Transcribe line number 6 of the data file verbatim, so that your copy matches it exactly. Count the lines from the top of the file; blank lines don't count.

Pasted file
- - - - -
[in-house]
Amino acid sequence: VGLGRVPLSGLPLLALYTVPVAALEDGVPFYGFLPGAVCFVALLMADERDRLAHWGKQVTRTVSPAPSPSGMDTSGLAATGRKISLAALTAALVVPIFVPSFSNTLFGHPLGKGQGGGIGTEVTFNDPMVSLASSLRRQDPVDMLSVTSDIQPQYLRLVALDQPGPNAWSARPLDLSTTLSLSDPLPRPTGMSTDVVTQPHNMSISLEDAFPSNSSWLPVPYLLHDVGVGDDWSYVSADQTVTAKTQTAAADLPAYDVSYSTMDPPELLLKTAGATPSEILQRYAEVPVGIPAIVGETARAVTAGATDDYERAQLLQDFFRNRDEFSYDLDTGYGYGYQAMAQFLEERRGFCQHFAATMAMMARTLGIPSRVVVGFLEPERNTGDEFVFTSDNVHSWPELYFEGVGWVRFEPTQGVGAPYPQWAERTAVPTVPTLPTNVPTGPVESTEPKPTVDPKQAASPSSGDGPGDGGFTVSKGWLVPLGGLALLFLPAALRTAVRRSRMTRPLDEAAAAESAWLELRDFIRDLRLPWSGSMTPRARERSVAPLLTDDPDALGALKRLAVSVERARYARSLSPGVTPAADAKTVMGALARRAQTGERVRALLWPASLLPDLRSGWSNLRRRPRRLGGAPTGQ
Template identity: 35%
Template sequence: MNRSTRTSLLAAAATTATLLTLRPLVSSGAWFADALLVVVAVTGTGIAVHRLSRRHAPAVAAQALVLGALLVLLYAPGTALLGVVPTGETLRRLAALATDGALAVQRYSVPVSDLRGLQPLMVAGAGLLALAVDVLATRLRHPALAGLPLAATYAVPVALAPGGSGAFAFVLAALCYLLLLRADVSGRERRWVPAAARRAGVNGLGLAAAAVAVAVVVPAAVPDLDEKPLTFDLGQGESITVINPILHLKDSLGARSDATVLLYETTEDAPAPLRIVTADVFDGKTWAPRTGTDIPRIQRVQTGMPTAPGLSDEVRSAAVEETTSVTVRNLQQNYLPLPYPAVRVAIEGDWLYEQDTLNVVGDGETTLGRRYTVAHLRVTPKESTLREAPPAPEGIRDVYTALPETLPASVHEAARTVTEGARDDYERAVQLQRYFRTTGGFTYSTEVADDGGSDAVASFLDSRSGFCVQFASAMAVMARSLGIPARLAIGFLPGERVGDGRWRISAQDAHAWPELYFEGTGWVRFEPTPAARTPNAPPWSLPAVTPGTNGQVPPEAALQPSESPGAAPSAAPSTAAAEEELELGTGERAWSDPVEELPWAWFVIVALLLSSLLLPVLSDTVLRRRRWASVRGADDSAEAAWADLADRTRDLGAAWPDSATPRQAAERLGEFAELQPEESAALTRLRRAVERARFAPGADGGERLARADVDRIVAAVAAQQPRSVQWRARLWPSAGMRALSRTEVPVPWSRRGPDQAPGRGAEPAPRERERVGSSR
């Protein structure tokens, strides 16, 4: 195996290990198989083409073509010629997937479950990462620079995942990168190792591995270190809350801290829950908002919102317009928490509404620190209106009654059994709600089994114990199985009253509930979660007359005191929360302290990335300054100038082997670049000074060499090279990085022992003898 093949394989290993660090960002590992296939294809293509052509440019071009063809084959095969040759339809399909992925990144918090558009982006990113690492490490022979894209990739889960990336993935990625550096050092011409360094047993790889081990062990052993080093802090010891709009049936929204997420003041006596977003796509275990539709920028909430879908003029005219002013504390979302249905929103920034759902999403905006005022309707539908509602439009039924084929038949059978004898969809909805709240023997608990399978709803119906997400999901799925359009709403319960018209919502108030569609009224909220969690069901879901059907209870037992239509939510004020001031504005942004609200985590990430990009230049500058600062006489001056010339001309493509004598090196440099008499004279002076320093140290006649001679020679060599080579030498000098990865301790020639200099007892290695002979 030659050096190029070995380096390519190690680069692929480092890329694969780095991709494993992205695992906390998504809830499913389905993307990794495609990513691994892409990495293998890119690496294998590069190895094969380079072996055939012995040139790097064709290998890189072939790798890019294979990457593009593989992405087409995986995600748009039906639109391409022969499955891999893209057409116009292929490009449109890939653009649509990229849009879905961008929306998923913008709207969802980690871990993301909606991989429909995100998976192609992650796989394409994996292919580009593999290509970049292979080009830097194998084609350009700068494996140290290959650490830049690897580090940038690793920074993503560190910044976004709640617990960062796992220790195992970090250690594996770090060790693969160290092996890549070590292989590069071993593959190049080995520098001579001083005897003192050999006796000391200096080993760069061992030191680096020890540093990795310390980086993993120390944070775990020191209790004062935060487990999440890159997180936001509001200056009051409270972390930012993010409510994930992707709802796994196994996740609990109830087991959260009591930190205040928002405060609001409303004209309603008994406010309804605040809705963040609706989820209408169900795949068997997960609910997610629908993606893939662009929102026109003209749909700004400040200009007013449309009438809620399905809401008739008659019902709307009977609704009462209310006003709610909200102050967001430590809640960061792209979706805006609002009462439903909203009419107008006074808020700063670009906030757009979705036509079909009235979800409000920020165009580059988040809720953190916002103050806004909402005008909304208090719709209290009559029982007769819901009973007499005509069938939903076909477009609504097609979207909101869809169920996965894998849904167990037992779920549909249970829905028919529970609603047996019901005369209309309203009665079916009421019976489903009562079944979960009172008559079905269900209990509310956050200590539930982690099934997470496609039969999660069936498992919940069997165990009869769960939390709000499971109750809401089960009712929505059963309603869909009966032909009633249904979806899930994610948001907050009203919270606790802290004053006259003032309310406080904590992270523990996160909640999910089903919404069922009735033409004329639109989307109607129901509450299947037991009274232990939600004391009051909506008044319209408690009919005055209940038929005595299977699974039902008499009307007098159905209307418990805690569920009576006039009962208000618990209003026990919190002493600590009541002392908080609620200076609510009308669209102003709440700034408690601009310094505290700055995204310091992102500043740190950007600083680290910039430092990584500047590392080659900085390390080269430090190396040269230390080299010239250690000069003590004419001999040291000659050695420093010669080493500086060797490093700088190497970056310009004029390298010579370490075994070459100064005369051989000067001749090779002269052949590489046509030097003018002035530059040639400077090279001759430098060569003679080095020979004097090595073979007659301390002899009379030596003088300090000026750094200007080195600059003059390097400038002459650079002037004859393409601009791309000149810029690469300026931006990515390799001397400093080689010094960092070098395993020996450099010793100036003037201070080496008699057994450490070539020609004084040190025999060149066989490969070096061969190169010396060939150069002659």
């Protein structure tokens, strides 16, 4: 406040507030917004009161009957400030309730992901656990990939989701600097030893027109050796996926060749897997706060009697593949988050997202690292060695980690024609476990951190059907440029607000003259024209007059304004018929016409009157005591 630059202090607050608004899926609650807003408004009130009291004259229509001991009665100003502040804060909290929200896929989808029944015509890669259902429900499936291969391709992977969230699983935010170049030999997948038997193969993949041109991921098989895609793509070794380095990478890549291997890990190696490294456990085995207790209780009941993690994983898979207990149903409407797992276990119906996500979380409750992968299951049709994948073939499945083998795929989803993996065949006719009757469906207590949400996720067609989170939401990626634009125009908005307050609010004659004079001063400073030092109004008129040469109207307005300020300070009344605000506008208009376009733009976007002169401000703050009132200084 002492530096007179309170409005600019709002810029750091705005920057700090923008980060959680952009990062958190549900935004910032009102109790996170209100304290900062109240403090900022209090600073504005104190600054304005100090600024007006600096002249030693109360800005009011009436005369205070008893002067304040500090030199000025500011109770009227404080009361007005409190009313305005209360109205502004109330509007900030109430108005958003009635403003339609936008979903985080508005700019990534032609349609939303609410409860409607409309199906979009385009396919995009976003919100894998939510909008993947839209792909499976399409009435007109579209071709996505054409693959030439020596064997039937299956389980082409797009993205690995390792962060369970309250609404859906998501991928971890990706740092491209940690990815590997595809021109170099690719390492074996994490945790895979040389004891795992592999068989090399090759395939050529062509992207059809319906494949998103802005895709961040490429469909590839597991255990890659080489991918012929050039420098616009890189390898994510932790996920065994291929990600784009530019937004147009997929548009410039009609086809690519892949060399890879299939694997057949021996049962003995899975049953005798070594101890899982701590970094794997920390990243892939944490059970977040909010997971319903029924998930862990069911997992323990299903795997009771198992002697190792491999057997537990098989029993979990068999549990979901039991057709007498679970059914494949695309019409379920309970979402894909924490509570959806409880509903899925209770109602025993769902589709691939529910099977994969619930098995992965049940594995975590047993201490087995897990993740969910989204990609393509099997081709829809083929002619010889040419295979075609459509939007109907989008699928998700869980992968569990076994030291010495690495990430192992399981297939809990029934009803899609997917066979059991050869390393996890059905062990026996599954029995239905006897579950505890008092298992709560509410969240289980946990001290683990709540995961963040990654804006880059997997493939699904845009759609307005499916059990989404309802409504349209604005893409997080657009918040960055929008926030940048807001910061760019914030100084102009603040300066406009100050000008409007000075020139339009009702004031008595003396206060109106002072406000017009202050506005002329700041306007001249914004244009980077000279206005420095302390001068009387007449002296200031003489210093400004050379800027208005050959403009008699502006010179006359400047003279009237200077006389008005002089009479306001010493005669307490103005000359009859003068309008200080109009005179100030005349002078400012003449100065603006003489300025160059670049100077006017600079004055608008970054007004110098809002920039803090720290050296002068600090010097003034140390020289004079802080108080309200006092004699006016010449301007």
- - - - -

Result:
């Protein structure tokens, strides 16, 4: 406040507030917004009161009957400030309730992901656990990939989701600097030893027109050796996926060749897997706060009697593949988050997202690292060695980690024609476990951190059907440029607000003259024209007059304004018929016409009157005591 630059202090607050608004899926609650807003408004009130009291004259229509001991009665100003502040804060909290929200896929989808029944015509890669259902429900499936291969391709992977969230699983935010170049030999997948038997193969993949041109991921098989895609793509070794380095990478890549291997890990190696490294456990085995207790209780009941993690994983898979207990149903409407797992276990119906996500979380409750992968299951049709994948073939499945083998795929989803993996065949006719009757469906207590949400996720067609989170939401990626634009125009908005307050609010004659004079001063400073030092109004008129040469109207307005300020300070009344605000506008208009376009733009976007002169401000703050009132200084 002492530096007179309170409005600019709002810029750091705005920057700090923008980060959680952009990062958190549900935004910032009102109790996170209100304290900062109240403090900022209090600073504005104190600054304005100090600024007006600096002249030693109360800005009011009436005369205070008893002067304040500090030199000025500011109770009227404080009361007005409190009313305005209360109205502004109330509007900030109430108005958003009635403003339609936008979903985080508005700019990534032609349609939303609410409860409607409309199906979009385009396919995009976003919100894998939510909008993947839209792909499976399409009435007109579209071709996505054409693959030439020596064997039937299956389980082409797009993205690995390792962060369970309250609404859906998501991928971890990706740092491209940690990815590997595809021109170099690719390492074996994490945790895979040389004891795992592999068989090399090759395939050529062509992207059809319906494949998103802005895709961040490429469909590839597991255990890659080489991918012929050039420098616009890189390898994510932790996920065994291929990600784009530019937004147009997929548009410039009609086809690519892949060399890879299939694997057949021996049962003995899975049953005798070594101890899982701590970094794997920390990243892939944490059970977040909010997971319903029924998930862990069911997992323990299903795997009771198992002697190792491999057997537990098989029993979990068999549990979901039991057709007498679970059914494949695309019409379920309970979402894909924490509570959806409880509903899925209770109602025993769902589709691939529910099977994969619930098995992965049940594995975590047993201490087995897990993740969910989204990609393509099997081709829809083929002619010889040419295979075609459509939007109907989008699928998700869980992968569990076994030291010495690495990430192992399981297939809990029934009803899609997917066979059991050869390393996890059905062990026996599954029995239905006897579950505890008092298992709560509410969240289980946990001290683990709540995961963040990654804006880059997997493939699904845009759609307005499916059990989404309802409504349209604005893409997080657009918040960055929008926030940048807001910061760019914030100084102009603040300066406009100050000008409007000075020139339009009702004031008595003396206060109106002072406000017009202050506005002329700041306007001249914004244009980077000279206005420095302390001068009387007449002296200031003489210093400004050379800027208005050959403009008699502006010179006359400047003279009237200077006389008005002089009479306001010493005669307490103005000359009859003068309008200080109009005179100030005349002078400012003449100065603006003489300025160059670049100077006017600079004055608008970054007004110098809002920039803090720290050296002068600090010097003034140390020289004079802080108080309200006092004699006016010449301007």